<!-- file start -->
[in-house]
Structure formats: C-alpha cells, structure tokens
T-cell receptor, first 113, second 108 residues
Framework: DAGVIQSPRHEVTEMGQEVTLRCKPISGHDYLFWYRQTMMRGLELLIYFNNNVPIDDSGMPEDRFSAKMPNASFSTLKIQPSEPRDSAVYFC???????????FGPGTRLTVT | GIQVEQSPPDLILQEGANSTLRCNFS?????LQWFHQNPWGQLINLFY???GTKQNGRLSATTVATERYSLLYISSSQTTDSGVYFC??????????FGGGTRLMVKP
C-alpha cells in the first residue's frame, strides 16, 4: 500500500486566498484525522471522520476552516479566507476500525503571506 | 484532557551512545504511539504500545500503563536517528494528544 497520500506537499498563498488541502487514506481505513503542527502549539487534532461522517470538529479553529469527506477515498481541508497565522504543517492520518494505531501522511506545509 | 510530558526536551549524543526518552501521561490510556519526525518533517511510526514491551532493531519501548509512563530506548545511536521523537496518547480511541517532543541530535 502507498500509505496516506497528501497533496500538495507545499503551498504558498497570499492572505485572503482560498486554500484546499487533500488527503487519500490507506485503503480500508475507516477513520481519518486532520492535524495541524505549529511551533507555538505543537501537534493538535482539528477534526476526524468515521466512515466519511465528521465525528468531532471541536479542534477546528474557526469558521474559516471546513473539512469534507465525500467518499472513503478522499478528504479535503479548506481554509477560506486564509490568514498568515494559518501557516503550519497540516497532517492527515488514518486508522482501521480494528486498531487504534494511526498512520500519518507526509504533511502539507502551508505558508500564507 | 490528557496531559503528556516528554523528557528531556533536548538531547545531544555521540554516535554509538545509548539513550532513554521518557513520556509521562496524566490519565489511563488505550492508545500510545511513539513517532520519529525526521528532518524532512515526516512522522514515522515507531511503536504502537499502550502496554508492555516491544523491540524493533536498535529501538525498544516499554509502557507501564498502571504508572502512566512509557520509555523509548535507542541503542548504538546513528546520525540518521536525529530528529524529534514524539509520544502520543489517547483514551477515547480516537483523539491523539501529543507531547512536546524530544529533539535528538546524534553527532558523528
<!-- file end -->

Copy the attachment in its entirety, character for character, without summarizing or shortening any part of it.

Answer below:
[in-house]
Structure formats: C-alpha cells, structure tokens
T-cell receptor, first 113, second 108 residues
Framework: DAGVIQSPRHEVTEMGQEVTLRCKPISGHDYLFWYRQTMMRGLELLIYFNNNVPIDDSGMPEDRFSAKMPNASFSTLKIQPSEPRDSAVYFC???????????FGPGTRLTVT | GIQVEQSPPDLILQEGANSTLRCNFS?????LQWFHQNPWGQLINLFY???GTKQNGRLSATTVATERYSLLYISSSQTTDSGVYFC??????????FGGGTRLMVKP
C-alpha cells in the first residue's frame, strides 16, 4: 500500500486566498484525522471522520476552516479566507476500525503571506 | 484532557551512545504511539504500545500503563536517528494528544 497520500506537499498563498488541502487514506481505513503542527502549539487534532461522517470538529479553529469527506477515498481541508497565522504543517492520518494505531501522511506545509 | 510530558526536551549524543526518552501521561490510556519526525518533517511510526514491551532493531519501548509512563530506548545511536521523537496518547480511541517532543541530535 502507498500509505496516506497528501497533496500538495507545499503551498504558498497570499492572505485572503482560498486554500484546499487533500488527503487519500490507506485503503480500508475507516477513520481519518486532520492535524495541524505549529511551533507555538505543537501537534493538535482539528477534526476526524468515521466512515466519511465528521465525528468531532471541536479542534477546528474557526469558521474559516471546513473539512469534507465525500467518499472513503478522499478528504479535503479548506481554509477560506486564509490568514498568515494559518501557516503550519497540516497532517492527515488514518486508522482501521480494528486498531487504534494511526498512520500519518507526509504533511502539507502551508505558508500564507 | 490528557496531559503528556516528554523528557528531556533536548538531547545531544555521540554516535554509538545509548539513550532513554521518557513520556509521562496524566490519565489511563488505550492508545500510545511513539513517532520519529525526521528532518524532512515526516512522522514515522515507531511503536504502537499502550502496554508492555516491544523491540524493533536498535529501538525498544516499554509502557507501564498502571504508572502512566512509557520509555523509548535507542541503542548504538546513528546520525540518521536525529530528529524529534514524539509520544502520543489517547483514551477515547480516537483523539491523539501529543507531547512536546524530544529533539535528538546524534553527532558523528